Visakhapatnam is blessed with a natural port that made the city the prime centre of focus for trade and commerce. The diminishing influence of the Indian emperors and the political scenario in the region paved the way for the Europeans to take over the control of Vizag. Dutch, French, and British’s East India Company merchants used the port for trading ivory, tobacco, muslin, textile products, paddy, coal, iron ore, and other products available in the region. The economic importance of Visakhapatnam made it a military base for the forces used to protect the trade and commercial activities of the port.
In the middle of the 17th century, the East India Company appeared to have settled at Vizagapatnam. The British named it Vizagapatnam and made it one of the important and strategic power centers. British built its settlement in Waltair and fortified the area by constructing a wall around the settlements to protect them and their goods against the destructions caused by the thieves. The East India Company was closed in 1689 on account of a war between Aurangazeb and the Company. In 1690, the company restarted its activities with permission from the Moghul emperors. In 1735, Dutch Colony was established near Vizagapatam. Mr. John Stratton’s initiations during 1741-42 resulted in the construction of Benyon’s battery to accommodate the European soldiers and ammunition. In 1744, the Maratha panic upshots the completion of battery on Dolphin’s Nose. The map of 1758 has the details of the constructions made at that time. It is quite surprising to see a river flowing through Vizag. As per the map, Vizag is a peninsula that was surrounded by water on all three sides. Unfortunately, the river was swallowed by the destructive developmental attitude of the planners of the city.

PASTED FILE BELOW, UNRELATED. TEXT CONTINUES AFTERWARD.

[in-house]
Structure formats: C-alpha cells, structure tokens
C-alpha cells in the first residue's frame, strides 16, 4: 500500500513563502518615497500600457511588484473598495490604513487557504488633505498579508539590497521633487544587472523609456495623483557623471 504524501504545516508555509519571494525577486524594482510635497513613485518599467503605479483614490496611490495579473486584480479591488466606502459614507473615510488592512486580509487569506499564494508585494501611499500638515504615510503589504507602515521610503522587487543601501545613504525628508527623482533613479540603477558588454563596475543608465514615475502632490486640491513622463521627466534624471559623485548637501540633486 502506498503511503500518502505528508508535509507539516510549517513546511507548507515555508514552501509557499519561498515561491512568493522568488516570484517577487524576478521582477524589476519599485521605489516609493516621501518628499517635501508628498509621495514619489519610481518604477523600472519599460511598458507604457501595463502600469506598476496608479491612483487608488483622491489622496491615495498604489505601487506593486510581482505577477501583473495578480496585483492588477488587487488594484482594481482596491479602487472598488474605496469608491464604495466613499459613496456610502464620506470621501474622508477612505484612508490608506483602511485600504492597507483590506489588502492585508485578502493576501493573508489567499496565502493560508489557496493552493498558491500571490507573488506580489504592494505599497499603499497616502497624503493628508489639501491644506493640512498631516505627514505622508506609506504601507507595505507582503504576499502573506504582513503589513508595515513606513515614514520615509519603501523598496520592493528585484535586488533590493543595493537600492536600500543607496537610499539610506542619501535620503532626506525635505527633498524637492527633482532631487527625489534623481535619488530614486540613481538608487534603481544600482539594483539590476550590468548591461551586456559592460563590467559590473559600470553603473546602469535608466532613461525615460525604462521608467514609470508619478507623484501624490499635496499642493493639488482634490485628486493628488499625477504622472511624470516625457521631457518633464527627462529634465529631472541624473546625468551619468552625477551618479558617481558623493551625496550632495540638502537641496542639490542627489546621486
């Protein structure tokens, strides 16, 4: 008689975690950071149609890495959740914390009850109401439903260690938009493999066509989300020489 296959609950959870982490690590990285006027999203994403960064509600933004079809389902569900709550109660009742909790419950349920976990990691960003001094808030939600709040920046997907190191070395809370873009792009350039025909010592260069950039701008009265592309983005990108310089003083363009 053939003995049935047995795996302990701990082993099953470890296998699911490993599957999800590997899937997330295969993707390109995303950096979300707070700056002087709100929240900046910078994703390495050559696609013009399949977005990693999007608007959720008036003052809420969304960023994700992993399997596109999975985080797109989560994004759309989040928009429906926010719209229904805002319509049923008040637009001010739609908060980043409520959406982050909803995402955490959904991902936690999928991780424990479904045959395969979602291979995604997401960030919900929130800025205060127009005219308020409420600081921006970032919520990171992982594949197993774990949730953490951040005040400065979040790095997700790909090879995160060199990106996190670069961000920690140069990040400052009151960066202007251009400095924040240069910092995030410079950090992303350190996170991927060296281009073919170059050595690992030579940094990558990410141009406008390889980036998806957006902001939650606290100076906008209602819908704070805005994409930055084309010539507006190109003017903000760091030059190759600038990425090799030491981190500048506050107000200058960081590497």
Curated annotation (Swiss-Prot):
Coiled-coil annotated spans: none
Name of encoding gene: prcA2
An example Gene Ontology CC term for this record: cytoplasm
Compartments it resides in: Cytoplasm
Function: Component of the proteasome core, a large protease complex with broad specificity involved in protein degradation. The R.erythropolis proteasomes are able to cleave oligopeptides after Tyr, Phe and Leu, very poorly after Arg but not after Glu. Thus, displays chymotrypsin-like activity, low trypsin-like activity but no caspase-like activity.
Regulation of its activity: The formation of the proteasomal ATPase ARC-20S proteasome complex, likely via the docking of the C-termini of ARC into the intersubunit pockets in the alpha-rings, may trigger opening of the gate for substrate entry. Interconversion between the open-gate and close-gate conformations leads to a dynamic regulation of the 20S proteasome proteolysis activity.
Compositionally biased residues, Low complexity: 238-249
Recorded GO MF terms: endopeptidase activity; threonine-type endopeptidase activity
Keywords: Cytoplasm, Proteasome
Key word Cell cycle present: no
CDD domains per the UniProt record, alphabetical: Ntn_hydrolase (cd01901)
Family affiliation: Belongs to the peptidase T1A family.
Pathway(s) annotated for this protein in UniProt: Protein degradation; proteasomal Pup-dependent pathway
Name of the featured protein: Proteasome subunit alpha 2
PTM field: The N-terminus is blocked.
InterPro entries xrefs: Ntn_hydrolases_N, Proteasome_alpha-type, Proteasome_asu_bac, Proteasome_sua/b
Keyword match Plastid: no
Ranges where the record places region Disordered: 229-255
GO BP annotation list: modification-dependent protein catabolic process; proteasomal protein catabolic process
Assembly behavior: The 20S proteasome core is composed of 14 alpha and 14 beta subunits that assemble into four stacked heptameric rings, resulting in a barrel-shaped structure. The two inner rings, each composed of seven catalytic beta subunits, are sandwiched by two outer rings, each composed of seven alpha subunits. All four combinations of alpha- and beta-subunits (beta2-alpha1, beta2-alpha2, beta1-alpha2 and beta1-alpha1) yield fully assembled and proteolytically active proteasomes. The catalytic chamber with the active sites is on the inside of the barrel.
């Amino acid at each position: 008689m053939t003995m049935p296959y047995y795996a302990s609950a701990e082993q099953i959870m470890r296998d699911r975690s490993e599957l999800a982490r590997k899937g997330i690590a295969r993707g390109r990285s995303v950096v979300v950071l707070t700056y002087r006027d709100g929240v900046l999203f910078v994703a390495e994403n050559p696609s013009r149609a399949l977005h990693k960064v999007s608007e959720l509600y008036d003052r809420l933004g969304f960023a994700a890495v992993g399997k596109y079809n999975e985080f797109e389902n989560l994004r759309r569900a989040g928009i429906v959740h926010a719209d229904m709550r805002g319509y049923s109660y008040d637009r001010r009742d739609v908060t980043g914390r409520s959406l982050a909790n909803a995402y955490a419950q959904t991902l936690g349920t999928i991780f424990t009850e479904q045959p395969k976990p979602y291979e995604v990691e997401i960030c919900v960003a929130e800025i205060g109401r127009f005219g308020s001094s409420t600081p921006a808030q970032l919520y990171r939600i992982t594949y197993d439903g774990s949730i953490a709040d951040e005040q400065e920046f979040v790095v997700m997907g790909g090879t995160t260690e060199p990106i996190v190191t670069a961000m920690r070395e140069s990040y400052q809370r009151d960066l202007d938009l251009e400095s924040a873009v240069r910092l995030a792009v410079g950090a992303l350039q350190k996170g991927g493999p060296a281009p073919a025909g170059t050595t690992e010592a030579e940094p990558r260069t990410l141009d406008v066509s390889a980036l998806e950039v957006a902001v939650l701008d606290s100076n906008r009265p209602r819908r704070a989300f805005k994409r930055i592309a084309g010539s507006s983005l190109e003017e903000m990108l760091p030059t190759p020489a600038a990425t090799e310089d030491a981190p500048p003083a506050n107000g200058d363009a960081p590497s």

The French army marched into British strongholds and captured Vizag in 1753 and Bussy, the French general reached Vizagapatnam in 1757 to strengthen the French control
over the city. In 1758, King Ananda Raj took over the Vizagapatnam Settlement which was in French possession. He then wrote to the Company at Madras and Calcutta for
reinforcements to enable him to drive the French out of the Circars. The territory of the Northern Circars, of which Vizag was a part, ceded to the East India Company by the Nizam of Hyderabad during 1765. Following this, a British colony was established.
The Vizagapatnam Sepoy Mutiny of 1780 is the first sepoy mutiny against British east India company that occurred in the history of India. In 1794 Narayanababau was received at the Chiefship of Vizagapatnam after the death of king Viziarama Raju in the battle of Padmanabham between Raja’s forces and British forces. The Provincial Council was abolished in 1794. The permanent settlement of 1802 divided the Haveli lands into a number of small proprietary estates. Waltair and Allipuram, the two wards in Vizagapatnam, form part of the estates carved out at this time. In 1803 the district was made one collectorate and placed under Hon’ble L.G. Keith Murray. The Battle of Vizagapatam in 1804 demolished the French rule in this region. Later under the Madras Presidency,
Visakhapatnam merged as a part of the Northern Circars that also included parts of coastal Andhra Pradesh and Orissa. The place was renamed and came to be known as Waltair by British India. St Aloysius Anglo Indian High School (SAS) was established in the year 1847 in Visakhapatnam, Andhra Pradesh. In 1857 Maharaja Viziarama Gajapati 3 established an English medium school parallel to Madras, Kolkata, and Mumbai. Vizagapatnam continued to have a cantonment till the year 1882-83. Many of the bungalows in Waltair, and the two roads – one leading to the beach and the other to the town – were built for military purposes.